Three of the many nurses who traveled from Utah to Europe to serve in World War I.
As World War I intensified in Europe, so did the need for medical help. The Red Cross established base hospitals and field units throughout Europe, and launched a major recruitment campaign for medical staff. As the United States entered the fray in 1917, the War Department aimed to enlist 25,000 nurses. There were 450 trained nurses in Utah that year and 80 of them volunteered to leave for Europe to serve the war effort.
One of these women was Myrtle Butler of Centerville, Utah. She graduated from the LDS Hospital School of Nursing in 1917, and was working in Wyoming. When the Red Cross called for nurses, Myrtle signed up and was eventually assigned to a hospital in France. In December of 1918 she wrote, “Oh what a joy it is to be of some service to those noble boys of Uncle Sam’s.”
Maud Fitch of Eureka, Utah was an ambulance driver in France. In her letters home, Maud describes driving through completely dark roads packed with advancing troops, coming upon towns that were destroyed by bomb shells, and bribing traffic directors with cigarettes in order to get her ambulance through.
Mabel Bettilyon was assigned to Evacuation Hospital No. 1 and recounts that “in one night alone, more than 800 wounded American soldiers were brought” in. Due to the shortage of nurses, she was given the responsibility to care for 136 of them. Many of the other nurses prized souvenirs from the German patients, but Mabel wrote that, “…seeing our men wounded and dying is all I want [to remember]… I feel now as tho I wouldn't give the smallest place in my trunk for anything off a prisoner."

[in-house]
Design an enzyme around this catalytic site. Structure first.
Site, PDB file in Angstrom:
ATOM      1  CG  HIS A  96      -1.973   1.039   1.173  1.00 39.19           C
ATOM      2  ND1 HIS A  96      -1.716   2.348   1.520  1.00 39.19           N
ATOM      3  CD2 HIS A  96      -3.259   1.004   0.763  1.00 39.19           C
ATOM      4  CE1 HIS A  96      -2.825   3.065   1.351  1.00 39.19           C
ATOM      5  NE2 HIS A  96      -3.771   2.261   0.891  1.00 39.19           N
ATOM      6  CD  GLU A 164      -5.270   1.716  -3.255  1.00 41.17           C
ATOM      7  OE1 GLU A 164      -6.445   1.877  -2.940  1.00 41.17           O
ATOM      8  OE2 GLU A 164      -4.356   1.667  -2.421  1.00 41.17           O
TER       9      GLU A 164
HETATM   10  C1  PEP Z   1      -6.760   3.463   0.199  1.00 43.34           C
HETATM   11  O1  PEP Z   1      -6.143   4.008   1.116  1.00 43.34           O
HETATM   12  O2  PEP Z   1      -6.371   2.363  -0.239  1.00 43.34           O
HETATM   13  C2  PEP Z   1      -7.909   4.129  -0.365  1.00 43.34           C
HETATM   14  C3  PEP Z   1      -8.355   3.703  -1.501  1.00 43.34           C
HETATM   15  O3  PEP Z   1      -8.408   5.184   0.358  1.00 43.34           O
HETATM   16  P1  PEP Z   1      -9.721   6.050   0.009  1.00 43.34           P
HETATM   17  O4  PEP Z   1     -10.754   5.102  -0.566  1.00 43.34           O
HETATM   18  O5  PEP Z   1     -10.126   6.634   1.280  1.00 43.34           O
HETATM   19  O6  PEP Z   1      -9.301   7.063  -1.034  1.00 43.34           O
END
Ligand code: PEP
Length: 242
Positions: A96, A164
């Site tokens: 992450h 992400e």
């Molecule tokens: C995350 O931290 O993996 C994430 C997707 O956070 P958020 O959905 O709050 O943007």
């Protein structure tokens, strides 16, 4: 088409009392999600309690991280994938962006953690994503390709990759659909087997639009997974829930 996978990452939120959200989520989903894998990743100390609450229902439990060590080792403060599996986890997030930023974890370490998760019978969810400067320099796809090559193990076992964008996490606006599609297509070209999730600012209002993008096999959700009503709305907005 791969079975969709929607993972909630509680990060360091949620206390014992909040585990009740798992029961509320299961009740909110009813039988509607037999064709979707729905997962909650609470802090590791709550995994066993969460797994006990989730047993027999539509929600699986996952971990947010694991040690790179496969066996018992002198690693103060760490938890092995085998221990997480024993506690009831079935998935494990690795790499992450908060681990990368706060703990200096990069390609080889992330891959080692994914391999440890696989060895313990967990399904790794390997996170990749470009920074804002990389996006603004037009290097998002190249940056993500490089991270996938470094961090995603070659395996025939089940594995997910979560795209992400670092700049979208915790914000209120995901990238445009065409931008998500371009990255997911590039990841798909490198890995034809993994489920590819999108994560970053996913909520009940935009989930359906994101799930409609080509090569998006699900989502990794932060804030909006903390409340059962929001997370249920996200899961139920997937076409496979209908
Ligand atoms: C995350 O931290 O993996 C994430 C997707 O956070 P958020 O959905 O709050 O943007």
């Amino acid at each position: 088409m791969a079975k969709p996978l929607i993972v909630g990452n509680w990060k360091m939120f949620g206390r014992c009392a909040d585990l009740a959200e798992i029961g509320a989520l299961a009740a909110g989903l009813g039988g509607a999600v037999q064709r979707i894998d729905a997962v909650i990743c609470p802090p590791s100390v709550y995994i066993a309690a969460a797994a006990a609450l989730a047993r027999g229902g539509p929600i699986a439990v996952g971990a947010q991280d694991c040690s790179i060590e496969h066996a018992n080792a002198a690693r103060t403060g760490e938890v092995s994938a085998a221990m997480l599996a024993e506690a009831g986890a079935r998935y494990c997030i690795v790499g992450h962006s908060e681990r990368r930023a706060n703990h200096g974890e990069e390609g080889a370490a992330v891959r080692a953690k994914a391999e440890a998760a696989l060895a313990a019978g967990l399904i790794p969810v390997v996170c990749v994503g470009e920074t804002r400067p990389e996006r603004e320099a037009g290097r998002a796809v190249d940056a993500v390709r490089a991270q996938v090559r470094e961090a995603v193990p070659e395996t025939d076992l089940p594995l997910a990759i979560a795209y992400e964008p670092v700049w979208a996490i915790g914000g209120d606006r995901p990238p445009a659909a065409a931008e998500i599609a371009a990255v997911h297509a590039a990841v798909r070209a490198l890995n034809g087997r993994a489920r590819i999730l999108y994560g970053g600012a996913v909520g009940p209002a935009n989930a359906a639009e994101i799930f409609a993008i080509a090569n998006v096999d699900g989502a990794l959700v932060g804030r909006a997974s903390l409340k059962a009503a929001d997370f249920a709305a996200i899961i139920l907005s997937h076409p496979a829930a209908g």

Myrtle, Maud, and Mabel journeyed to Europe to fulfill their duty as nurses and brought home unique experiences that advanced the nursing profession. Moreover, their service demonstrates the importance of women’s contributions during World War I.
Heidi Orchard Tak for Utah Humanities © 2014
Image: Red Cross War Fund Parade during World War I. Nurses were incredibly important to the war effort, both at home and abroad. Utah saw many of its nurses volunteer to serve in Europe during the war. May 20, 1918. Image courtesy of Utah State Historical Society.
See Evelyn Jorgensen and Laura Poe, A Legacy Remembered: History of the Utah Nurses Association, 1914-1995, Salt Lake City: Utah Nurses Association, 1996; Miriam B. Murphy, “’If Only I Shall Have the Right Stuff’: Utah Women in World War I,” Utah Historical Quarterly, 58(4), 1990; “Centerville Nurse Writes from France,” Davis County Clipper, December 6, 1918.
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